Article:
Rounded bottom portion 20 of bottom section 16 allows for device 10 to stand upright and vertical in presentation when initially placed and to rapidly return to a vertical position when subjected to outside forces, such as a dog hitting target section 12. The self-righting nature of device 10 allows for the target to be set in one spot and to have multiple dog/device interactions without the need of resetting the device. In one embodiment, rounded bottom portion 20 has a flat-bottomed hemispherical shape which preserves the vertical nature of the target. That is, in one embodiment, rounded bottom portion 20 has a flat bottom for contact a surface with rounded sides, similar to a bowl. Bottom portion 20 is also weighted for stability. The exact shape of bottom portion 20 is not important as long as it allows device 10 to rock when target section 12 or rod 14 are displaced and then return to a stable, upright position. Bottom portion 20 can be manufactured from steel, heavy plastic or other suitable material with steel, lead or other heavy material used as the counterweight.
Top portion 18 is, in one embodiment, essentially hemispherical in shape, although any shape can be used. Top portion 18 is designed to receive rod 14 and attach to bottom portion 20. Top portion 18 is typically manufactured from similar material as bottom portion 20, such as steel, aluminum, hard plastic and other suitable materials.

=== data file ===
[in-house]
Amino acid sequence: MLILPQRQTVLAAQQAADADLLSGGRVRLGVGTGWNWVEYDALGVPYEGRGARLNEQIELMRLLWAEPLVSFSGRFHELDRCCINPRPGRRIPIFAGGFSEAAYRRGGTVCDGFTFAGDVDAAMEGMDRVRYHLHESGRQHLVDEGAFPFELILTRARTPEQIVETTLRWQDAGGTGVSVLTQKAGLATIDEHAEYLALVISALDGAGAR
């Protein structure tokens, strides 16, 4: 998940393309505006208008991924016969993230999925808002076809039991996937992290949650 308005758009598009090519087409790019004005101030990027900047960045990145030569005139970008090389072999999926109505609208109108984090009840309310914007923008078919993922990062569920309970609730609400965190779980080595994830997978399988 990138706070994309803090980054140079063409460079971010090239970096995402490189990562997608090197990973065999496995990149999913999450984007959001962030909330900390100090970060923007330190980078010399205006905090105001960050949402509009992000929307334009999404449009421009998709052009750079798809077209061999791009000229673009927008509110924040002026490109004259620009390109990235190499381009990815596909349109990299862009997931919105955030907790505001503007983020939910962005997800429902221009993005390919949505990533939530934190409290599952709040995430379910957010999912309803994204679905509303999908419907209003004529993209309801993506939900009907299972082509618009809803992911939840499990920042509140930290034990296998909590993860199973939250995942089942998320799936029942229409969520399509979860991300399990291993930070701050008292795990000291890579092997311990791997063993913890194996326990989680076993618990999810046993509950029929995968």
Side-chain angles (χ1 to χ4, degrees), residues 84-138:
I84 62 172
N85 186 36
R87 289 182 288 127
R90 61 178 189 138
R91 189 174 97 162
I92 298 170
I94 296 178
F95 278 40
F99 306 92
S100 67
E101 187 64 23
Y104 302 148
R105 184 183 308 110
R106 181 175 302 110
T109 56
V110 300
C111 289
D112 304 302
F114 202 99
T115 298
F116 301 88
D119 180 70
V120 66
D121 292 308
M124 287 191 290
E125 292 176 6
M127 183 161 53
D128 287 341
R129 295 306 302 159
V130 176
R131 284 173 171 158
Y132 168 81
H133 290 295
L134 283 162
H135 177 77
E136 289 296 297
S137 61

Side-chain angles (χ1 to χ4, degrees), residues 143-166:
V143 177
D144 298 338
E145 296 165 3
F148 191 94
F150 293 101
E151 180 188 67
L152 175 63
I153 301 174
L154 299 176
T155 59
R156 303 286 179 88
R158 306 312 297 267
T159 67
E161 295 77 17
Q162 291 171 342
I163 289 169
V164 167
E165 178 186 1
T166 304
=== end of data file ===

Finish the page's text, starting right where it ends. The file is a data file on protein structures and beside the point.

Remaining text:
Flange 22 is located between top portion 18 and bottom portion 20 and extends outwardly from top and bottom portion 18 and 20. Flange 22, in one embodiment, is made from a material such as rubber. Other materials can also be used as long as flange 22 primary function, providing a contact surface (which helps to shift the center of gravity of device 10) to prevent device 10 from falling over, is achieved.
FIG. 2 illustrates the use of device 10 in training a dog. Illustrated is a trainer 30, a dog 32 and device 10. Dog 32 is taught to associate touching target area 12 of device 10 with a reinforcement such as a treat, play, physical affection or verbal praise. Of course, to receive the reinforcement, dog 32 must return to trainer 30. If the behavior is properly performed, a training clicker can be used to indicate this, thus attaching an external stimulus to the proper behavior. Then to receive a subsequent treat the dog must go out to device 10 again. By increasing the distance between the trainer 30 and device 10, dog 32 will learn how to go out and come back. After that behavior is learned, jumps or other obstacles 33 could be placed between the device 10 and trainer 30. In this way, dog 32 can be taught to associate signals with directed movements. Dog 32 can also be taught to move a particular distance and/or direction to search for and/or discover or fetch objects.